Have you ever wondered how hard it is to set up a bitcoin node? It’s not that difficult. With this guide, we provide a straightforward approach to setting up a node on a very small and inexpensive device. You can get started within a matter of hours and you will have your own bitcoin node up and running!

What is A Node?

A node is the base of the network that allows the Bitcoin blockchain to run. It’s basically a computer that makes sure certain rules are followed, information from transactions is shared across the network and a copy of confirmed transactions is kept. Trying to register a transaction involving an amount of Bitcoin that a user doesn’t have, is the perfect example of a rule not fulfilled that will stop the node from working. When the rules are all correct, the node proceeds to share the transaction with the rest of the network and keeps a record of it in a ledger known as the blockchain. It’s important to know that each network is autonomous, and every time a user registers a transaction into one node, a copy of it is registered into the rest of the nodes of the network. 

What is a Raspberry Pi?

A Raspberry Pi is a powerful computer in the size of a credit card that can be used in any computer monitor or TV. It is considered to be one of the world’s least expensive and most versatile computers, offering a wide range of applications such as browsing the internet, making spreadsheets or playing high-resolution video footage. It is increasingly becoming popular among developing countries and primary schools around the globe thanks to its simplicity. 

How to Set Up a Bitcoin Node on Your Raspberry Pi

Before running your own Bitcoin Node on your Raspberry Pi, there are a few things you might be interested to know. First of all, it’s important to remember that the purpose of a full node is to be kept running somewhere where it doesn’t require you to take care of it, like your mansard or your basement.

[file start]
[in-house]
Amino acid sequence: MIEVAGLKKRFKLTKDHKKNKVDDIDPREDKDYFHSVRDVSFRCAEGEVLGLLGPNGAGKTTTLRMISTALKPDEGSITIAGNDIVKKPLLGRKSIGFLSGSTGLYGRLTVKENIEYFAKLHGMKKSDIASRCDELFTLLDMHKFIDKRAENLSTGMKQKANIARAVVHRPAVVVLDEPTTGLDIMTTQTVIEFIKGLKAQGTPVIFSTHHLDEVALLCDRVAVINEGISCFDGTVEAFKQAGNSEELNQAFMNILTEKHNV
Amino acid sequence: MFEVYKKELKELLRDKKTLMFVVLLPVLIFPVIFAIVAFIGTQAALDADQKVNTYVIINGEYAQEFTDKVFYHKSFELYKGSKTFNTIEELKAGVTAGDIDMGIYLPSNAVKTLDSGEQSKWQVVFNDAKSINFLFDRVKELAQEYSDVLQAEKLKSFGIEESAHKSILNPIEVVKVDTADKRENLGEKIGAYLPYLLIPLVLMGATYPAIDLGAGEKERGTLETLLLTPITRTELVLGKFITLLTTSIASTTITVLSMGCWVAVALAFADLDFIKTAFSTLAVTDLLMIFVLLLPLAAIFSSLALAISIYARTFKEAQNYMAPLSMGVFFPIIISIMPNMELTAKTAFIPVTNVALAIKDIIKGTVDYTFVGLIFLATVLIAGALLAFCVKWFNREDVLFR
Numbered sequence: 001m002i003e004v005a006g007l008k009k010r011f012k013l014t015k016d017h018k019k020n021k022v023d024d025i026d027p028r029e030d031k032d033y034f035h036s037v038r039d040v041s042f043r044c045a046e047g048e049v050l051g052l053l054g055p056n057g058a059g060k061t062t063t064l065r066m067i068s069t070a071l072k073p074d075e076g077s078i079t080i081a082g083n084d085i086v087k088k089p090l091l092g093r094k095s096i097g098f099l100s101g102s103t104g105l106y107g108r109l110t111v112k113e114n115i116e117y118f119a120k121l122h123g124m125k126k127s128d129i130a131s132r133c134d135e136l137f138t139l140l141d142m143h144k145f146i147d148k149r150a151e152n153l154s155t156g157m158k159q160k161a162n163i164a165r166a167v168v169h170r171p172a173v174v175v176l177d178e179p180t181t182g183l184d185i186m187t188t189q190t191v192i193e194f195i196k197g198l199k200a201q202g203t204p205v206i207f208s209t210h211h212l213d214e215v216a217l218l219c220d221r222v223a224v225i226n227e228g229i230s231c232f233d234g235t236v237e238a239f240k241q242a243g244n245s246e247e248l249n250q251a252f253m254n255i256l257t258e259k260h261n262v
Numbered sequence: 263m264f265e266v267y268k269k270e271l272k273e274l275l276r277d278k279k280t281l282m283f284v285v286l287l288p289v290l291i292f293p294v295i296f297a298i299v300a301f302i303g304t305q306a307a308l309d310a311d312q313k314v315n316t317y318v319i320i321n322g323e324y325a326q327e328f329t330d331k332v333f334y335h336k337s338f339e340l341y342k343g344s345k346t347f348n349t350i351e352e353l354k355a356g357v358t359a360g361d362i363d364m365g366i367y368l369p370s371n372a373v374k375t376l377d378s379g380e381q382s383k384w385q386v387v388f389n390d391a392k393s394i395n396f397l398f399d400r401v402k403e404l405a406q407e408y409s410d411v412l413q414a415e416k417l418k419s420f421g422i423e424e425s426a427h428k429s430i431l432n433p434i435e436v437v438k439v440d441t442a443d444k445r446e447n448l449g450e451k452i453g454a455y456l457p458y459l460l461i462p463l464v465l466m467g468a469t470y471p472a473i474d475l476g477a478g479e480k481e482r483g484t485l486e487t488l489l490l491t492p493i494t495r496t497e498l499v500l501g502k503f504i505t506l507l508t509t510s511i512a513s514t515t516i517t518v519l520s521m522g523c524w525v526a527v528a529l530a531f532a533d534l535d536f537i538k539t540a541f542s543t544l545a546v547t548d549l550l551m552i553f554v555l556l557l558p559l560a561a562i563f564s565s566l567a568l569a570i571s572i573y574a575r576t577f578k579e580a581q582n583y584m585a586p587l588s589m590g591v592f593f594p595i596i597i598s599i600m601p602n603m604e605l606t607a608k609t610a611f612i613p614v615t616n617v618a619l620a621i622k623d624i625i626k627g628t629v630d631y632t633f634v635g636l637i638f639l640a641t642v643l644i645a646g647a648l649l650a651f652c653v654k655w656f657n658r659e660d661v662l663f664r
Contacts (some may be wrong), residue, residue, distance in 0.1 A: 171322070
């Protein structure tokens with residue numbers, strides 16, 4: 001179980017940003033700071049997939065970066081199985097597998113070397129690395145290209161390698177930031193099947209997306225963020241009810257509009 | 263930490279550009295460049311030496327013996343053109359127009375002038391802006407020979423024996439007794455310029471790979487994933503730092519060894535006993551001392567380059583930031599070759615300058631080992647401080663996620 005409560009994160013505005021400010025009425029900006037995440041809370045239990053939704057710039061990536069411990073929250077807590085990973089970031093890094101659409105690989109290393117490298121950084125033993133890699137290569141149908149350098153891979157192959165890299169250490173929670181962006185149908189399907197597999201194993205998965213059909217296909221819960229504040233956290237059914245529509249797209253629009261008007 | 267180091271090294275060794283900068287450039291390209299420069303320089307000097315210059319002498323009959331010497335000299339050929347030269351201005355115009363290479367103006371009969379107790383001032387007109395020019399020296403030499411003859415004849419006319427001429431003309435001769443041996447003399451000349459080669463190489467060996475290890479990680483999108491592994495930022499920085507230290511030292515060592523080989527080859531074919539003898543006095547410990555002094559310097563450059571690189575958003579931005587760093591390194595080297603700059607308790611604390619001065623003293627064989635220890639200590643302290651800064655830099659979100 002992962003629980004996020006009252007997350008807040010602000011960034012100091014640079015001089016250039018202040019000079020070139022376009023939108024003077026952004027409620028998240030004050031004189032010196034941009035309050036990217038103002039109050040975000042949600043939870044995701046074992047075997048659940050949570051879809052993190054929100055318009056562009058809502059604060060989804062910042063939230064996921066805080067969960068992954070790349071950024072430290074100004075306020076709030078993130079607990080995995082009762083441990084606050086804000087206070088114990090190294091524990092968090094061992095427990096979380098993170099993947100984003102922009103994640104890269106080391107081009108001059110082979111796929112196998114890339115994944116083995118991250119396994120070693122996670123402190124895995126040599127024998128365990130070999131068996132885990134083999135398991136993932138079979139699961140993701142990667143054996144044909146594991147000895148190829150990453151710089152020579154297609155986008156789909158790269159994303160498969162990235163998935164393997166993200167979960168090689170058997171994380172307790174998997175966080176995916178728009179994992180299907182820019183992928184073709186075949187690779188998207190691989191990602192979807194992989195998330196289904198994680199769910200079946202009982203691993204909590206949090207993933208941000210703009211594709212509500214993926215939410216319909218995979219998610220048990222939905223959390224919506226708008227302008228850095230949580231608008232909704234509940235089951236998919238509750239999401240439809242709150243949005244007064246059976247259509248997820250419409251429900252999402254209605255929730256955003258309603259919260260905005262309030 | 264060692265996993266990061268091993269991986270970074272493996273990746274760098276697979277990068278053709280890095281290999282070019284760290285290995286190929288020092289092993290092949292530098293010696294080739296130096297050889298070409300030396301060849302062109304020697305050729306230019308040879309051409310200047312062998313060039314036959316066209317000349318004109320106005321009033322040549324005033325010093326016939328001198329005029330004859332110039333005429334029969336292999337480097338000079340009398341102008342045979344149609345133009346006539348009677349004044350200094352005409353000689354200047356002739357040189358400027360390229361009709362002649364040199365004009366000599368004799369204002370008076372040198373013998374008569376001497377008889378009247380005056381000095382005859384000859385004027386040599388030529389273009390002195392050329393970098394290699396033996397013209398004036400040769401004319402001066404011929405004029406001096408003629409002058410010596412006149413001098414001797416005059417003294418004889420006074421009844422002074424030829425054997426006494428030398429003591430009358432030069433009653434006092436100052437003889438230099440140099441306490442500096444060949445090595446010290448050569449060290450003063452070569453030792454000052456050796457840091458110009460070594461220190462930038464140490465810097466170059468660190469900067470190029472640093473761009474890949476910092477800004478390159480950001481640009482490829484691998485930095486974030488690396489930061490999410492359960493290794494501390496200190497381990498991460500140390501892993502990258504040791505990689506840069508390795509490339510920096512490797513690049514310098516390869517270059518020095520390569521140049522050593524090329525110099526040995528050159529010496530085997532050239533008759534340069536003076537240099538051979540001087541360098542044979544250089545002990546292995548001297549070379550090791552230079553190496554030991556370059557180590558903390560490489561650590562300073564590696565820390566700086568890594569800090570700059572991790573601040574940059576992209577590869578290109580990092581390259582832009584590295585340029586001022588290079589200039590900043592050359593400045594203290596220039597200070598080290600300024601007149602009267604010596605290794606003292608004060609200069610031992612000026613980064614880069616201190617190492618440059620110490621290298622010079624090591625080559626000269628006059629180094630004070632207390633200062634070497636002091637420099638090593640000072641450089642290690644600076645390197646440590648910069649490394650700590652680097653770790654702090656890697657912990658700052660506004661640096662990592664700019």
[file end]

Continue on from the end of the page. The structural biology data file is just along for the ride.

Secondly, a full node should be able to keep more than 8 connections to other nodes at the same time, always under a high-bandwidth connection to the Internet. This is due to the fact that if your node doesn’t take incoming connections, it will be taking many resources from the network and it won’t be giving back the performance it initially aimed to provide. A full node will not provide the network with mining activities, but instead, it will help keep the network honest and robust.

With all this in mind, let’s proceed to setting up your node. You will need to have in your possession a Raspberry Pi with its own case, a MicroSD card with at least 8GB of storage (the more space it has, the longer it will last), a power adapter with a MicroUSB cable to keep the device powered up, and an Ethernet cable to connect to your router. According to different sites, the Raspberry Pi 4B is the best in the market to run a full Bitcoin node, with the 1GB version starting at $35. 

The MicroSD card will act as the hard drive of your small computer, and you need to make sure it is formatted in FAT32, which is the only format Raspberry Pi works on. Most likely your card will come in exFAT format, so you’ll need to use the built-in programs for Windows (Disk Management), macOS (Disk-Utility) and Linux (Disks or GParted). Once the MicroSD has been formatted and introduced to the device, establish a connection to the Internet with your Ethernet cable, plug in the power adapter to the device and you’re good to go. For the initial configuration steps, you may want to use a keyboard and an HDMI-ready monitor to simplify the setup process, but you won’t be needing them after that. 

Next up, we need to install the OS on the device. The easiest way to do it is through their NOOBS install manager, which provides a detailed description of the steps on their website. Once it’s done, you’ll need to update your Raspberry Pi and verify that the full node is working. This can be a little tricky if you’re not familiar with coding, but this site will give you a step-by-step guide with all the lines of code you need to introduce from here on. 

And that’s about it, your Bitcoin Node will be now ready to be kept running and you won’t have to take constant care of it. As simple and effective as that!